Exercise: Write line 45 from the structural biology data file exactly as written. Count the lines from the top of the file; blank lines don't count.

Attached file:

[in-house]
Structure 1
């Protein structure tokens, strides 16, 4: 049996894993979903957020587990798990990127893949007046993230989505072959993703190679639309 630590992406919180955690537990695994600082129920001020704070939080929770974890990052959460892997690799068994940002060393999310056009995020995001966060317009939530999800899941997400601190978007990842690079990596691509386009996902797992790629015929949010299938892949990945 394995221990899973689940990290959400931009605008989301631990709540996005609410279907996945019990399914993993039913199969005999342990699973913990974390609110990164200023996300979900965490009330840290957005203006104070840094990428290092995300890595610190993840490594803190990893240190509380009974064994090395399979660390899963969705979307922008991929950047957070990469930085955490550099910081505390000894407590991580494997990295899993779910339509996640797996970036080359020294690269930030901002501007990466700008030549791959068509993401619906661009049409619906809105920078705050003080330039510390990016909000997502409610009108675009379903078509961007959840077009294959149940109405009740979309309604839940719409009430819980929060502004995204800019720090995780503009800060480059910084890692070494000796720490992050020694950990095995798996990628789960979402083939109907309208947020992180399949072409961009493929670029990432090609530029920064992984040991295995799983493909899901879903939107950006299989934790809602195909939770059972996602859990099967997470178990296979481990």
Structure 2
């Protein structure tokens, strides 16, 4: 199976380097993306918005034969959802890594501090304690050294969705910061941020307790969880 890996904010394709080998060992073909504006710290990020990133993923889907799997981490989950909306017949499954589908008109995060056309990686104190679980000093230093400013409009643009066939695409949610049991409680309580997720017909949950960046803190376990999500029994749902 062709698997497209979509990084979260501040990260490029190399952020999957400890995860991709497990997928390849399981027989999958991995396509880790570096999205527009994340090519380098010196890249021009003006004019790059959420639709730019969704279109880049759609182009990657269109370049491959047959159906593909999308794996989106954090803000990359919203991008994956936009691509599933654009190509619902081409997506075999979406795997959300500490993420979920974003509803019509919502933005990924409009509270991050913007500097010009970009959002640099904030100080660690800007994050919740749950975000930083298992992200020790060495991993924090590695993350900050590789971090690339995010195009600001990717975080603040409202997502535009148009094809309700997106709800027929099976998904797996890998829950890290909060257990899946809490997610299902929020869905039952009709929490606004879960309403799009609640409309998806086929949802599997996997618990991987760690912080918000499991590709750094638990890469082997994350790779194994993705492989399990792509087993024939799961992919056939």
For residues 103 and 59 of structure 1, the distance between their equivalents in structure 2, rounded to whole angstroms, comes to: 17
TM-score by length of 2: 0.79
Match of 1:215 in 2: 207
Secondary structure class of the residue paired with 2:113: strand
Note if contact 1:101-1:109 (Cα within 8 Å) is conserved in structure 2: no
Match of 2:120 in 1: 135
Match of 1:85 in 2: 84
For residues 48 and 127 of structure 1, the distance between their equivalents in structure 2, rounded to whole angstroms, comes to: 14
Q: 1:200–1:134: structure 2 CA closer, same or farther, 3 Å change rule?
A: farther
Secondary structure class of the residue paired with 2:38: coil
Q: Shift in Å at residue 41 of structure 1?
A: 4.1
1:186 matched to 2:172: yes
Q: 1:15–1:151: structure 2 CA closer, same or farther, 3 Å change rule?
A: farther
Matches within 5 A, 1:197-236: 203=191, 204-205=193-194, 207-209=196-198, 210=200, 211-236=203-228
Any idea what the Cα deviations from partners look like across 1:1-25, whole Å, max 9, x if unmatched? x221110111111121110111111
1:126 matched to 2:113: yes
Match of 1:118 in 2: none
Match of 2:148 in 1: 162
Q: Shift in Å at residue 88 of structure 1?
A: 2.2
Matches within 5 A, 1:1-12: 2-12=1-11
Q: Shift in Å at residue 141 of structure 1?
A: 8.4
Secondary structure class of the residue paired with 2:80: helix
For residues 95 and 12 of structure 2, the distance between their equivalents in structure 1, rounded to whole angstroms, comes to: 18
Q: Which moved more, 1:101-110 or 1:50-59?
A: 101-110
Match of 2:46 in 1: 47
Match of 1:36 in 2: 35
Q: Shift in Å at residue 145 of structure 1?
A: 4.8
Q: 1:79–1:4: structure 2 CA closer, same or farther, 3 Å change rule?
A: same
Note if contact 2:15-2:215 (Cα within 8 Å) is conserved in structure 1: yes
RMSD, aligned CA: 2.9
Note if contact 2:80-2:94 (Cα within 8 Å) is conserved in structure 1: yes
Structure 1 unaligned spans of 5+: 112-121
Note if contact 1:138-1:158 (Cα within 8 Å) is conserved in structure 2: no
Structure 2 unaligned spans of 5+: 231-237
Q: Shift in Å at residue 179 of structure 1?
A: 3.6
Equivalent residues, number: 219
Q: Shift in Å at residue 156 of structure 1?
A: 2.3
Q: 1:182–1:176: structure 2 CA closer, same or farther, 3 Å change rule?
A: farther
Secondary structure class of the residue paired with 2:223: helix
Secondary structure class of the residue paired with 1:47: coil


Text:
Structure 1 unaligned spans of 5+: 112-121